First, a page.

Global Warming Science -


Study Contradicts Obama’s Energy Secretary on Midwest Temperatures

-      Universities Promote Alarmist Misinformation


[last update: 2010/03/12]



Obama’s Energy Secretary, Steven Chu


in the Midwest, the temperature will increase 5 to 10 degrees Fahrenheit on average. With hotter summers, that means that during the growing season, the soil moisture will decrease by 20 to 30 percent. Now, if you take that at face value, then the great agricultural machinery of the U.S. is at risk, with huge economic consequences.





[update: 2010/03/12]


Northwestern University, Chicago


Heat-related deaths, the spread of infectious diseases and the threat of natural disasters in Chicago could skyrocket in the coming decades unless greenhouse gas emissions are curbed … In July 1995, an extreme heat wave hit Chicago, killing over 750 people and hospitalizing thousands more. Projections from the Chicago Climate Task-Force show that heat waves as severe as the 1995 event could occur as frequently as every other year by the end of the century.


There’s no doubt among mainstream scientists that climate is changing and that we’re contributing to it,” said Dr. Paul Epstein, associate director of the Center for Health and the Global Environment at the Harvard University Medical School. “I really think that there’s a deep down emotional desire to think this evolving instability in the climate and its potential consequences for our health, for the global community, for politics is not really happening. But it’s very real.”







The Study




From the above study:


  • While average global temperatures rose about 0.74 degrees Celsius during the past century, the U.S. Midwest has experienced a noticeable slump in summer temperatures in recent decades … the recent cool temperatures seem to be part of a steady long-term decline in summertime highs in Chicago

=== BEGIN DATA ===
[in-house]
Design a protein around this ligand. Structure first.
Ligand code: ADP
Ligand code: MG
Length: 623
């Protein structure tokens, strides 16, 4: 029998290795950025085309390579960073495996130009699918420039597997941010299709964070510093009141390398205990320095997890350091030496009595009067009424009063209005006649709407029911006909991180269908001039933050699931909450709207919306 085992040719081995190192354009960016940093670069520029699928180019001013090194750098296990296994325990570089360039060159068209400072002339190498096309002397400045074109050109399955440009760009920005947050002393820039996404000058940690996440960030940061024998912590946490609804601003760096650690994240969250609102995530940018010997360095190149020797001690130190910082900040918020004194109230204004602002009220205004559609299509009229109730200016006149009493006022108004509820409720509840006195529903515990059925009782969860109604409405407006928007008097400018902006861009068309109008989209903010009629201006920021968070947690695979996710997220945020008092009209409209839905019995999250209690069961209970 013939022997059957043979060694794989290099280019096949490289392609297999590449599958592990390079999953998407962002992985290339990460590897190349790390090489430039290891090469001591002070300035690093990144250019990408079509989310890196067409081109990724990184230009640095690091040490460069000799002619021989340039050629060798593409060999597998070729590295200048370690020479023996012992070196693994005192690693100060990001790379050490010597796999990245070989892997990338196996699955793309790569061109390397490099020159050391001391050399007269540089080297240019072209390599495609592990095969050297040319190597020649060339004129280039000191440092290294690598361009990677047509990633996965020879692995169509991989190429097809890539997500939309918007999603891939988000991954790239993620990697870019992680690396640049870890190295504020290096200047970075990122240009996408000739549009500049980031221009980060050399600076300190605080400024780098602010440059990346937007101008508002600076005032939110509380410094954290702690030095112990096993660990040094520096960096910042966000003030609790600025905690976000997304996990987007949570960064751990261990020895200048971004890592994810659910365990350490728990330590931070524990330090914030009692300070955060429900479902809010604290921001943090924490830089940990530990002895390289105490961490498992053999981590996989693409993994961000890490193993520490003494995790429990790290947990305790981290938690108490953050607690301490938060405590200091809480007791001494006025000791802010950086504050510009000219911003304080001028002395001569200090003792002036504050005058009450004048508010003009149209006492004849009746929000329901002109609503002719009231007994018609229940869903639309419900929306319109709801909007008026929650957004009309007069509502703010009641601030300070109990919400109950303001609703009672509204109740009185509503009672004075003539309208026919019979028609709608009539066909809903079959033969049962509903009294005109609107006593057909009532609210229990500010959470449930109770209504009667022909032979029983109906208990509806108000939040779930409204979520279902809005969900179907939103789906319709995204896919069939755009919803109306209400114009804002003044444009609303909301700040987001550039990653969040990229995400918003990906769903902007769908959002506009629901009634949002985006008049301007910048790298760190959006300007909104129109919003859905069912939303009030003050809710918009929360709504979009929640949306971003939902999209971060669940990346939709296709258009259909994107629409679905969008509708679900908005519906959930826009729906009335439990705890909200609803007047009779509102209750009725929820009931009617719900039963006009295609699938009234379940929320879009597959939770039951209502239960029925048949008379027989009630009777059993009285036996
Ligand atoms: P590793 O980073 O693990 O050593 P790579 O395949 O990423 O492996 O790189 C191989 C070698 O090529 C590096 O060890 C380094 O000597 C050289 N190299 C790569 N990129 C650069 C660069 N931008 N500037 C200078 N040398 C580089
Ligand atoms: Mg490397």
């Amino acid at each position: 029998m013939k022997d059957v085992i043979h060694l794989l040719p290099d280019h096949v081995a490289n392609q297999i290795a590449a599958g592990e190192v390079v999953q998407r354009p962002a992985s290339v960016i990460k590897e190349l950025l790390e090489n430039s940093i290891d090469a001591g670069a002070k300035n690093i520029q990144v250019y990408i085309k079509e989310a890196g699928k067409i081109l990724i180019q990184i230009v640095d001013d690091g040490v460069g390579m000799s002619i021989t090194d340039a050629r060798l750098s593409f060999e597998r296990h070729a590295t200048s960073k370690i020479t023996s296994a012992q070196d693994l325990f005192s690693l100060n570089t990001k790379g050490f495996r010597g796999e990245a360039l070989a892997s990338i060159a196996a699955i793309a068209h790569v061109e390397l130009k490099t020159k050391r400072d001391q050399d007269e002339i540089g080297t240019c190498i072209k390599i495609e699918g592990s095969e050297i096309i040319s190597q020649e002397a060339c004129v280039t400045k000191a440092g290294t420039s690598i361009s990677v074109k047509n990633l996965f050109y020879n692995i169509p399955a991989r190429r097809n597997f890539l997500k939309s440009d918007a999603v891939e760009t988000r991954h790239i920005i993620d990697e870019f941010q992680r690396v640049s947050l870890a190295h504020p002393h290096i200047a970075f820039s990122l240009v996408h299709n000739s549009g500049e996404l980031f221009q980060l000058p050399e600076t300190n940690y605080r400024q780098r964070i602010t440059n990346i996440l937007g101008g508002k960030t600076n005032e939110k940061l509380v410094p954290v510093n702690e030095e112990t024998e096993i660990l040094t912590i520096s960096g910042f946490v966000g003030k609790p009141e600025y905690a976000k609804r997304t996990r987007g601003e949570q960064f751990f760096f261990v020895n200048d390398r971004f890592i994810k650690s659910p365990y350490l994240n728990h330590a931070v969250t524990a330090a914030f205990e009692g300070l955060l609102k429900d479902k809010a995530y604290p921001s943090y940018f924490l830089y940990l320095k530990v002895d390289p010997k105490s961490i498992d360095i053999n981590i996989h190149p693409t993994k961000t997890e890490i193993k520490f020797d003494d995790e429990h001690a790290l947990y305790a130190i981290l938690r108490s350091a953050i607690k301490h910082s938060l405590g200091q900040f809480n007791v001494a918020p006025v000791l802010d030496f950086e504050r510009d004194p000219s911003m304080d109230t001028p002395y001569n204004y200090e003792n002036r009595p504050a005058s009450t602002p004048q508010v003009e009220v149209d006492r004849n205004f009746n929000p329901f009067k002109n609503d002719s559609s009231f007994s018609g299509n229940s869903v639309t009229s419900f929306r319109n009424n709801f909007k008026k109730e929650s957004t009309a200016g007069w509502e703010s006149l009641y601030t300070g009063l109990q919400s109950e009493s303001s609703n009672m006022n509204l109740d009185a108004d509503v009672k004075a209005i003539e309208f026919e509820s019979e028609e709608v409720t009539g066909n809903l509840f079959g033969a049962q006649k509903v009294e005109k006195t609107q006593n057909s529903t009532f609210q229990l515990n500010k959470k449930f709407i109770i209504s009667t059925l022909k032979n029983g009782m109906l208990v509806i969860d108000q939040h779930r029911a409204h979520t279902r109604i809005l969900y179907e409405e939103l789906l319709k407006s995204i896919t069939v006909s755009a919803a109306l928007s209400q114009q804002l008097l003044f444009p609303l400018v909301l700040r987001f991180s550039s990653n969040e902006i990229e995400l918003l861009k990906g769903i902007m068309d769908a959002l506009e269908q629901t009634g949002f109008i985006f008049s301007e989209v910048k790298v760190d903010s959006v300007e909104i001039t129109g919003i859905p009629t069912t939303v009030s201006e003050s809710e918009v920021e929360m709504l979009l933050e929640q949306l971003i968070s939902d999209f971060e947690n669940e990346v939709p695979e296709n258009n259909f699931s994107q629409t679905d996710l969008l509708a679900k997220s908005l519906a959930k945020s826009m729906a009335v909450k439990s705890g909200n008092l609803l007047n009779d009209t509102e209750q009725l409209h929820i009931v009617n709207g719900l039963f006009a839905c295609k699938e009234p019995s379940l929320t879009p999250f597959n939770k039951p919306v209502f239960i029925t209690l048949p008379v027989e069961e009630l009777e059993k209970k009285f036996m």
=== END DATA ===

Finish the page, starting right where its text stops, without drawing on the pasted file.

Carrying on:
• Changnon suggested that fewer hot days and more precipitation are linked, because humid air warms more slowly than dry air does. One likely source of the extra moisture is the region’s agriculture. Plants pump vast amounts of water from surface soil into the atmosphere as they grow, and thirsty row crops such as corn and soybeans are much more prevalent in the region these days — about 97 percent of farmland is planted in those crops now, versus about 57 percent in the 1930s


  • Even if much of the extra summer rainfall in the Midwest derives from water in local soils, the original source of that moisture might be an irrigation spigot somewhere on the Great Plains. A rapid rise in irrigation in that region apparently has boosted precipitation downwind in the Midwest




The Data


State temperature and precipitation data can be plotted at the NOAA NCDC website:


The following figures show the average summer temperature and summer precipitation for Illinois. Neither trend is statistically significant.





The following figure shows the annual average temperature for the 5x5 degree grid encompassing Chicago (from the Hadley / UEA Climatic Research Unit (CRU) data plotted at

The figure includes a linear trend and confidence interval of the trend (0.019 +/- 0.061 deg./decade). There is no statistically significant trend in annual average temperature.






The Lunch


Steven Chu is out to lunch if he thinks somehow the above trends will suddenly change and it will warm by several degrees just because the climate models say so.


For more on Chu’s lack of scientific understanding (as well as other Obama people) see:



Universities promoting alarmist scare stories when the data show the opposite – they have joined the propaganda team.